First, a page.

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How to Become a Machinist at K&T in 1941

Richard King

Diamond
Joined
Jul 12, 2005
Location
Cottage Grove, MN 55016
While doing some research for a K&T Mill on Vintage Machinery I came across this paper. Really interesting as to what the old timers had to do to become a Machinist. http://vintagemachinery.org/pubs/2098/22063.pdf

My Dad went through a similar program in Minnesota at a Naval Defense plant up here called Northern Ordinance. He became a Machine Rebuilder / Maintenance. I have his graduation certificate. I'll see if I can find it and post it.

Also found this newsletter from K&T in December 1942 http://vintagemachinery.org/pubs/2098/19783.pdf
 

Cyclotronguy

Stainless
Joined
Sep 21, 2005
Location
Northern California
Yup, Dad came out of the Army Air Corps at that end off WWII and went to school at Mare Island Navel Yard, He was in their first post war apprenticeship program and became real enamored of screw machines. Later a memboer of the the Apprenticeship Standards Committee and one of the first members of the local SME chapter (Society of Mfg Engineers chapter 28, Oakland CA)

Was it rigerous.... you bet!
 

Mike1974

Diamond
Joined
Nov 5, 2014
Location
Tampa area
Is a formal apprenticeship a thing of the past now? I have my cert from the USDL when I graduated in '99(?)....

That said, I don't think I have ever been asked to provide a copy of it. :confused:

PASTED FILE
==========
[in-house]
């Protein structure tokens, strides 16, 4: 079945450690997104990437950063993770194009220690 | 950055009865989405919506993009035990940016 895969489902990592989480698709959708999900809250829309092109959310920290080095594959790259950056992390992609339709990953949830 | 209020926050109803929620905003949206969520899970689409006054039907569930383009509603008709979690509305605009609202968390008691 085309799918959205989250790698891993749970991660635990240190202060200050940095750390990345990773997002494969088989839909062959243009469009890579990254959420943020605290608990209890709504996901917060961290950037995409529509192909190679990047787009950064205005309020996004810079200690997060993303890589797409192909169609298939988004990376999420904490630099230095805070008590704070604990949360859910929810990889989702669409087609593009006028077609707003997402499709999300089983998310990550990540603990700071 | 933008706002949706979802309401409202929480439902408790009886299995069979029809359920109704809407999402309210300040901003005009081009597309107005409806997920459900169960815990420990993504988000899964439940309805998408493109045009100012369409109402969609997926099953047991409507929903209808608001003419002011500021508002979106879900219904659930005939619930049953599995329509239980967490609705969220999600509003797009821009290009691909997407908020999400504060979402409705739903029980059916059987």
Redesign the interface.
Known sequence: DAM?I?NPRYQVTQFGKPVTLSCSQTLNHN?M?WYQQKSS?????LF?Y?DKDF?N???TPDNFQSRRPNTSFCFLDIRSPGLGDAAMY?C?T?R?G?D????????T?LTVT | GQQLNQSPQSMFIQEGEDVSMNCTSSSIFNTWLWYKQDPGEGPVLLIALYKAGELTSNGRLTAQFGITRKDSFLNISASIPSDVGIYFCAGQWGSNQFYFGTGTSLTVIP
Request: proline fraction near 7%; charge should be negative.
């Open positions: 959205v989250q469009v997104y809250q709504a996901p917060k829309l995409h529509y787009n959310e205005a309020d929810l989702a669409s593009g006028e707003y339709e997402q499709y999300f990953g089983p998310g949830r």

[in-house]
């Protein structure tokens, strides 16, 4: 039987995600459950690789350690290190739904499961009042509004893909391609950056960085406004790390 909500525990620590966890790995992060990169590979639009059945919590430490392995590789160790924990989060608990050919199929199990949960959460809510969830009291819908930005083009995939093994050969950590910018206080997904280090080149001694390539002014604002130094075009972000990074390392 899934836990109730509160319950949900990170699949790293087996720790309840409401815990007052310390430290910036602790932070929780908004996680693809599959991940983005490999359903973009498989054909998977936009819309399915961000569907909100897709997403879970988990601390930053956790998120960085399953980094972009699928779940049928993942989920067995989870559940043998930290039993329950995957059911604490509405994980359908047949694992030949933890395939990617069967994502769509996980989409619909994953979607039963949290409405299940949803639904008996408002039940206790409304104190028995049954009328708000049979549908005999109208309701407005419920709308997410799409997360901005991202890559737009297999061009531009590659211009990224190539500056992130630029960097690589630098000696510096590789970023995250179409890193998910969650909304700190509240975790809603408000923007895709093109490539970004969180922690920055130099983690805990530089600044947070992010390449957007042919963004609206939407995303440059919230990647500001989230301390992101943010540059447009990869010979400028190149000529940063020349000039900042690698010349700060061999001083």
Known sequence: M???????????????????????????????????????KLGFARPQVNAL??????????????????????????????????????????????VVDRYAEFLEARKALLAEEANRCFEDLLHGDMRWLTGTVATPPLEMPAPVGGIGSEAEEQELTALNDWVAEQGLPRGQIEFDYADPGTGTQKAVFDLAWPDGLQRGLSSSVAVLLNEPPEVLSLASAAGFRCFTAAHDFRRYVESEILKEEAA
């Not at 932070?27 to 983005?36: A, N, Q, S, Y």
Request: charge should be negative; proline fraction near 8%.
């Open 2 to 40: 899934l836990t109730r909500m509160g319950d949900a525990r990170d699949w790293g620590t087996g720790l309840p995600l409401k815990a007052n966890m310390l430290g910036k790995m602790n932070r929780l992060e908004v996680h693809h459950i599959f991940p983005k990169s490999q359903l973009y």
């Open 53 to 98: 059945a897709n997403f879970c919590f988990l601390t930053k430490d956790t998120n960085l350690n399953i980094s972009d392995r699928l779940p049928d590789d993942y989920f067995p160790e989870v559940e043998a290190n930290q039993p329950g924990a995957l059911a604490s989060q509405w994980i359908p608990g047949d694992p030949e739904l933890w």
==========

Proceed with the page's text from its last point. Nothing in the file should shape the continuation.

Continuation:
RCPDesigns

Hot Rolled
Joined
Sep 3, 2014
Location
Atlanta GA.
I've always known I was blessed to be a computer programmer starting out in the 80s but reading something like that apprenticeship at K&T really drives it home. When I started I knew more than about programming than the people asking me to do it.
 

Robert Lang

Stainless
Joined
Apr 3, 2007
Location
Minneapolis, MN
My Dad went through a similar program in Minnesota at a Naval Defense plant up here called Northern Ordinance. He became a Machine Rebuilder / Maintenance. I have his graduation certificate. I'll see if I can find it and post it.

Northern Pump,
Northern Ordinance,
FMC Corporation,
United Defense,
BAE Systems.

I retired from there when they closed the manufacturing operations.
I was the last machinist in the Machine Repair Department.

Rob
 

DeSelle

Cast Iron
Joined
Oct 23, 2006
Location
Midlothian, TX
I wish we still had programs like this. It would fill a massive gap in skilled trades and offer an honorable alternative to a 4 year degree. Where will the next round of manual machinists come from?
 

John Garner

Titanium
Joined
Sep 1, 2004
Location
south SF Bay area, California
I am in awe of K&T management's wisdom shown in offering how-it's-done training for college graduates, described on page 10 of the K&T document {page 13 of the PDF file).

My employer of nearly 38 years would have benefited greatly from putting new design engineers into hands-on assembly jobs for three months, but management's position was always "We can't afford to pay engineers to do assembly." I'm convinced that hands-on experience in the company's real world would have saved far more money than three months of pay differential, in fastener installations alone.
 

sfriedberg

Diamond
Joined
Oct 14, 2010
Location
Oregon, USA